After doing little in five seasons in Pittsburgh, Tampa Bay, Baltimore, and Kansas City, Bautista slugged a league-leading 54 home runs last year for the Toronto Blue Jays. While his past track record didn’t indicate he was capable of such a year, he proved everyone wrong with a highly-publicized alteration to his swing. Many have been anxious to claim that last year was a mere fluke (a la Brady Anderson circa 1996), but that doesn’t appear to be the case. Bautista is again leading the AL with seven home runs and is batting .360 – more than .100 points over his career average. Jose’s on pace for another 50+ home run season and doesn’t appear to be slowing down anytime soon.
The verdict: Pitchers are starting to catch on to the fact that Bautista is a real threat, as evidenced by his league-leading 19 walks. Because of that, his home runs should dip a bit, but I’m not betting against him for another big year.
The Mediocrity that is the NL Central
It’s early, but the NL Central is looking like it will produce a .500-ish champion. Heading into the Sunday night matchup between the Cincinnati Reds and St. Louis Cardinals, both were tied for the Division lead at 11-10 with the Milwaukee Brewers. The 10-11 Cubs were only a game back, while the Pirates (9-12) and Astros(8-14) weren’t far behind. With only 3.5 games separating the first- and last-place teams, this is the tightest division in all of baseball. The NL Central appears to be wide open and could be reminiscent of 1997, when the race went right down to the wire with the Astros taking the title with only 84 wins.
The verdict: Predicting a winner in this Division would be akin to predicting when Charlie Sheen will utter another iconic phrase or when Donald Trump will call out another celebrity, but I’ll go with the Reds. I also think that by the MLB season’s end, there will be a clear separation of the top three teams (Reds, Cardinals, and Brewers) and the bottom three (Cubs, Pirates, Astros). There’s also not much pitching in the NL Central, so there will be some big numbers offensively by some of the individual MLB players in the division.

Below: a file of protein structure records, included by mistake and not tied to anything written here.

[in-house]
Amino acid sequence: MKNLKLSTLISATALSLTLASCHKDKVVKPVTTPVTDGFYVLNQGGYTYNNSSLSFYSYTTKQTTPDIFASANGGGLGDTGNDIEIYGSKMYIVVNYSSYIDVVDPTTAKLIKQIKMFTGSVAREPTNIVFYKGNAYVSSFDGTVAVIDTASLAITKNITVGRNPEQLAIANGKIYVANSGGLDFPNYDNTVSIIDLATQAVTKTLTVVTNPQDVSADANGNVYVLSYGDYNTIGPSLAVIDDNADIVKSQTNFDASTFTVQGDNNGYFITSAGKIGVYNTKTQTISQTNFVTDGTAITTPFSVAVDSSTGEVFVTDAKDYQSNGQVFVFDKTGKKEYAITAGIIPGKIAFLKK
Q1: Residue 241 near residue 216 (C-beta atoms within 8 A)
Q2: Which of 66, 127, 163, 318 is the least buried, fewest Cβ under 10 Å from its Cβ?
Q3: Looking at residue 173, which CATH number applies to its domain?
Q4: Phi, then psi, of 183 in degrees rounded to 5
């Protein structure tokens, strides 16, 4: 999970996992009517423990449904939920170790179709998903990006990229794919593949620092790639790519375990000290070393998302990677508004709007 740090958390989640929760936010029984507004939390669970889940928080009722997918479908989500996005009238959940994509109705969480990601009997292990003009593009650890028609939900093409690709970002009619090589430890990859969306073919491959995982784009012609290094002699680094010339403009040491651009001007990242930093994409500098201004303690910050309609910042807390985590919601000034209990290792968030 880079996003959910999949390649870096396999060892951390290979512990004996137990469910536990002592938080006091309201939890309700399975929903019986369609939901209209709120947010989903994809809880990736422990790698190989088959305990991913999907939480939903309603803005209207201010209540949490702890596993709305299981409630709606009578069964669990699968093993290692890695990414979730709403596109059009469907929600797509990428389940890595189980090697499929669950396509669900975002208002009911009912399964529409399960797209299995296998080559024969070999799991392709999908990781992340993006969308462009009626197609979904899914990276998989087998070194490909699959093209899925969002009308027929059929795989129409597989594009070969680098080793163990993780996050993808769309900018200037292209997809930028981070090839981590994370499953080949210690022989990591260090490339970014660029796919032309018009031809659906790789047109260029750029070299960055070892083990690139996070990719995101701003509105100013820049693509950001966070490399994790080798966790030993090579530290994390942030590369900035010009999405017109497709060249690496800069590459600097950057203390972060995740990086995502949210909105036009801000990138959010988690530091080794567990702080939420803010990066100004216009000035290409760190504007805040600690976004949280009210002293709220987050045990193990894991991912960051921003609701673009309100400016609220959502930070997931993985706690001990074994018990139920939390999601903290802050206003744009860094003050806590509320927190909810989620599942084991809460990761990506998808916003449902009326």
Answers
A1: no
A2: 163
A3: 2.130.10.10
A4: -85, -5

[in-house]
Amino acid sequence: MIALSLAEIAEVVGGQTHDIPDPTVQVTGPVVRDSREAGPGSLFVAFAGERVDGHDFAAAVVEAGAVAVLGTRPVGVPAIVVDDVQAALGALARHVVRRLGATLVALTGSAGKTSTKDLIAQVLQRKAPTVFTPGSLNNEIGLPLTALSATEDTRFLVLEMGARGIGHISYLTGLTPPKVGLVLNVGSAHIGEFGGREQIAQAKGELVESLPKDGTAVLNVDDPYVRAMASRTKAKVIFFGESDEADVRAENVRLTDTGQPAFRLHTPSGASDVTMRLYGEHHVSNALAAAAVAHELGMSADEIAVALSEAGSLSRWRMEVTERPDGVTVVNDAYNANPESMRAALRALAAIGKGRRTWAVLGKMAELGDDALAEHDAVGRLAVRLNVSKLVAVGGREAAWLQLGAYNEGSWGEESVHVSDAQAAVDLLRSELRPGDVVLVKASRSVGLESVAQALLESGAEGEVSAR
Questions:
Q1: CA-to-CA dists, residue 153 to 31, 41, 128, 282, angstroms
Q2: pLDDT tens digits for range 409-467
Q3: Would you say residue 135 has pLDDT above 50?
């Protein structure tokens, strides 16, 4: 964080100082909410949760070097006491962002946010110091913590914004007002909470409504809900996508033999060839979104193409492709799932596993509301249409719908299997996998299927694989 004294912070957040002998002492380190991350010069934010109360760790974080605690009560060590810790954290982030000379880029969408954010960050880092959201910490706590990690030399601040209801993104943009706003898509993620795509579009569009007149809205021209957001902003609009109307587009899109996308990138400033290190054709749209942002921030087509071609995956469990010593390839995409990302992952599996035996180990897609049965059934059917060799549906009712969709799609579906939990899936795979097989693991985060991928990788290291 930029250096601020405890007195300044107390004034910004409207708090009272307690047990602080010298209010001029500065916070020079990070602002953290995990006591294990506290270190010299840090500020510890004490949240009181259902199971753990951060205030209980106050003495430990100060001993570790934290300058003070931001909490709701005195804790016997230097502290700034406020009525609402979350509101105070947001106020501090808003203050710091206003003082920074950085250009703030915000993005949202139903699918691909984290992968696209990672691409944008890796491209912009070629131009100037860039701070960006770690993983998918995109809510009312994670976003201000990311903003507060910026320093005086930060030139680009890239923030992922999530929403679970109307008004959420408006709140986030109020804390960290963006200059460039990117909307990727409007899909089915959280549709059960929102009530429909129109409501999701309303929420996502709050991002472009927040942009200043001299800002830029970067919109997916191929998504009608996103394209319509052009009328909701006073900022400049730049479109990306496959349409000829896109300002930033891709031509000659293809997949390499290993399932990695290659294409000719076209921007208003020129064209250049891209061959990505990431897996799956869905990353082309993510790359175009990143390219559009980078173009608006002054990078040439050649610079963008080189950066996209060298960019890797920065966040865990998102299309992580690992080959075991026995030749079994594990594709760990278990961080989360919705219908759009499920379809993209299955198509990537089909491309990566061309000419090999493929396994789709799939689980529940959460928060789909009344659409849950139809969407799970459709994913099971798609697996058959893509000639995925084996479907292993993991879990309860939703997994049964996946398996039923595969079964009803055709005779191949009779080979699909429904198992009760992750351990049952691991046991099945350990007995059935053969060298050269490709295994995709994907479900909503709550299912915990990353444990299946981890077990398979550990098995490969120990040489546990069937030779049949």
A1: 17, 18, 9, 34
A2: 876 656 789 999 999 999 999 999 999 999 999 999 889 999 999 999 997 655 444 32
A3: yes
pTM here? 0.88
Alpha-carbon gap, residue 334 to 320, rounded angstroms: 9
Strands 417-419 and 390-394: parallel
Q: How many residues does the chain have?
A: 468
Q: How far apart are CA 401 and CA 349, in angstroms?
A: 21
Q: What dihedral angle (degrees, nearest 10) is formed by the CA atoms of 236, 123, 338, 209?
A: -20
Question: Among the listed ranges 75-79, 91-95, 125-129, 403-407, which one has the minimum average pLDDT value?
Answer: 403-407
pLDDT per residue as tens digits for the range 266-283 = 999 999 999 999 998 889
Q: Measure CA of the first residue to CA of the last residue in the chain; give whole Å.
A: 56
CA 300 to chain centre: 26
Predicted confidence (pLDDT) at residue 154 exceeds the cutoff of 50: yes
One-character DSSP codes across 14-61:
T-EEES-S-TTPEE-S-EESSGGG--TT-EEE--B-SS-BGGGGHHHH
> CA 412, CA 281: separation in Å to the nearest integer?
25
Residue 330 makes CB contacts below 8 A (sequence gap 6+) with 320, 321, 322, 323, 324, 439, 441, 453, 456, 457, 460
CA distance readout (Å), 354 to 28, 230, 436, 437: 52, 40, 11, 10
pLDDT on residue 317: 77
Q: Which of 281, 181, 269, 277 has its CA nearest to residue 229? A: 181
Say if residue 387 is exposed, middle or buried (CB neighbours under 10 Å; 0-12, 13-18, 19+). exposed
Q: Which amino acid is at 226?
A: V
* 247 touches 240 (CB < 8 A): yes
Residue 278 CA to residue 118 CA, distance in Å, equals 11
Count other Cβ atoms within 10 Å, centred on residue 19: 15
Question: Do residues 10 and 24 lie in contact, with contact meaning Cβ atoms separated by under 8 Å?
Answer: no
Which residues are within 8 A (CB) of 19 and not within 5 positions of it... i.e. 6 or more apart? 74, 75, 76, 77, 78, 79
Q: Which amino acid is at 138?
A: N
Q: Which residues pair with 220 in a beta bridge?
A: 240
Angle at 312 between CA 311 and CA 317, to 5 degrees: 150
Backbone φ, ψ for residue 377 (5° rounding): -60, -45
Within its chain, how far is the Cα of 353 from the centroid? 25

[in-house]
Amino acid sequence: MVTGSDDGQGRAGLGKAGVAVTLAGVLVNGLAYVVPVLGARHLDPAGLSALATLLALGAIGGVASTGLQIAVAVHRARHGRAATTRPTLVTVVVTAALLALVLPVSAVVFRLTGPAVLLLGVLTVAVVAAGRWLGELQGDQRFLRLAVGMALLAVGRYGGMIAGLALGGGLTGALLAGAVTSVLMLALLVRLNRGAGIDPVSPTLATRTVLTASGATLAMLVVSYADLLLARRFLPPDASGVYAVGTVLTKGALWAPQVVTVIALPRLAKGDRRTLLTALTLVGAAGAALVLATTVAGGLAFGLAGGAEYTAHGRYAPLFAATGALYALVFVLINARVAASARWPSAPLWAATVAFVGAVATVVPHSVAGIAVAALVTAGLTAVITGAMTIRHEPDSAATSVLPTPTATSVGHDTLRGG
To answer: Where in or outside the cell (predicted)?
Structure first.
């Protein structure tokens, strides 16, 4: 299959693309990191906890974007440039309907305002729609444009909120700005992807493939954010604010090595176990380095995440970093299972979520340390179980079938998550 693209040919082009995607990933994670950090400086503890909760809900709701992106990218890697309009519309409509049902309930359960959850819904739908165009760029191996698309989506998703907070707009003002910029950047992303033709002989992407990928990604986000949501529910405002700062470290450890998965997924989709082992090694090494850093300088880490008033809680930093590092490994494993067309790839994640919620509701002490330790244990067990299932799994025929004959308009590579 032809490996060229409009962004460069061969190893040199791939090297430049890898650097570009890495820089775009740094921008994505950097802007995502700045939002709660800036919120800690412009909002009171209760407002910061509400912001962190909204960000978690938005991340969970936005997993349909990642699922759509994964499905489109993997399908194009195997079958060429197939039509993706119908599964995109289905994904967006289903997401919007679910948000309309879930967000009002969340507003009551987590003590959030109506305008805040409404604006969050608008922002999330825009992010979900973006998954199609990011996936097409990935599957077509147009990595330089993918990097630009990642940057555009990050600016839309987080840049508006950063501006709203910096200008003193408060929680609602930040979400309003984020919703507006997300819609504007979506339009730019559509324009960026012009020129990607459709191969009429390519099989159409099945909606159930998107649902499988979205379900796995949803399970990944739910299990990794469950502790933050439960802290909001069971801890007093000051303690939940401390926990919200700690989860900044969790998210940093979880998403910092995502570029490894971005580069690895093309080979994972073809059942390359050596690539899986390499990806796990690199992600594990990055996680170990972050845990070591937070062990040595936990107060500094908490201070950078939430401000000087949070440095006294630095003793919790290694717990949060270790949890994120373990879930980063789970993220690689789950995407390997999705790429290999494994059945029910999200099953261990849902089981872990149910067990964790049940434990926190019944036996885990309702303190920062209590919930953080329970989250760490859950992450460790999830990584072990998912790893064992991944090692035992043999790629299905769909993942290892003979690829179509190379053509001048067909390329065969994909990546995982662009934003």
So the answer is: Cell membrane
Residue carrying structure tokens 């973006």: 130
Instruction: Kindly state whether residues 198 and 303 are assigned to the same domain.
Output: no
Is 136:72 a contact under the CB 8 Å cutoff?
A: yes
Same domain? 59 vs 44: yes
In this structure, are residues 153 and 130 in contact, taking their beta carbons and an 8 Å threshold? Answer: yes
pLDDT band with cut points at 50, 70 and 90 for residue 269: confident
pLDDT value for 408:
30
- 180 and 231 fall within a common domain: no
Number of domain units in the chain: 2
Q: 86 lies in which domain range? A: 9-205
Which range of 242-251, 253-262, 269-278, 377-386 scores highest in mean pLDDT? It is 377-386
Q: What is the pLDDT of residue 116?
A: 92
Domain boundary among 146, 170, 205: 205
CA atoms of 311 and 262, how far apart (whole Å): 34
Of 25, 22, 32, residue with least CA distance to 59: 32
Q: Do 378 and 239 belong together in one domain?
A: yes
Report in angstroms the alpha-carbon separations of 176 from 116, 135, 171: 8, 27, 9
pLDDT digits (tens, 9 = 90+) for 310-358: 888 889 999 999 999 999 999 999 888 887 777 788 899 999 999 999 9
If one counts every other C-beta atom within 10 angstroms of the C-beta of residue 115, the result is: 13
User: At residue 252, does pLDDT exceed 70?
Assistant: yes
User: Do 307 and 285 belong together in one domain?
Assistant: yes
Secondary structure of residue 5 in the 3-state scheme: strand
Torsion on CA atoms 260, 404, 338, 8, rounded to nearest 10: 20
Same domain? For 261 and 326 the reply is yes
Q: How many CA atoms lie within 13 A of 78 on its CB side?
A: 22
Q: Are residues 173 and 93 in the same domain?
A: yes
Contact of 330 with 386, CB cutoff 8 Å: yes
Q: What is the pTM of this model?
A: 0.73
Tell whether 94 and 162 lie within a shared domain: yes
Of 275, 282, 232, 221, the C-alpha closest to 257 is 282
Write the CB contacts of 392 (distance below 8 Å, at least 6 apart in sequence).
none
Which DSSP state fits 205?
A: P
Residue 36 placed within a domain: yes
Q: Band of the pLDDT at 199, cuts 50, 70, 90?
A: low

When you look at the Mets’ lineup, consisting of great MLB players like Jose Reyes, David Wright, Carlos Beltran, and Jason Bay, you expect great things. But so far, this season has looked like the past two when the club finished under .500, despite the big payroll. In all fairness, though, New York has had to deal with some major injury issues. The team is missing staff ace Johan Santana, who is on the disabled list with an elbow injury and not expected to return until June or July. And the aforementioned Bay just began his season, coming off of a DL stint of his own.
The verdict: With so much talent, it’s hard to see the Mets finishing below .500 again. While they don’t have the horses to compete with the Phillies (few teams do), a second-place or even Wild Card chase isn’t out of the question if they can stay healthy and add a pitcher down the stretch.
April 6, 2011
The Major League Baseball season is only a couple days old so if your team is on top of the standings, don’t buy your playoff tickets yet. And if you are rooting for a team that remains winless, don’t push the panic button. It’s still anybody’s ballgame so let’s take a look at some of the issues facing each team.
Can the Braves return to the postseason? If anyone is going to take the East title from the Phillies, it’s probably the Braves. They’ve added Dan Uggla and a healthy Chipper Jones to the lineup. The starting pitching is strong. The biggest question mark is the bullpen. The retirement of Billy Wagner has left an opening at closer. If Atlanta can find the right guy to take his place they can give the Phillies a run for the division title.
Florida has plenty of young talent on its roster. There is a lot of potential on this team, but the Marlins may not have enough to beat out Philadelphia and Atlanta. Guys like Gaby Sanchez, Donnie Murphy, and Annibal Sanchez are going to need big seasons for this team to be playing in October.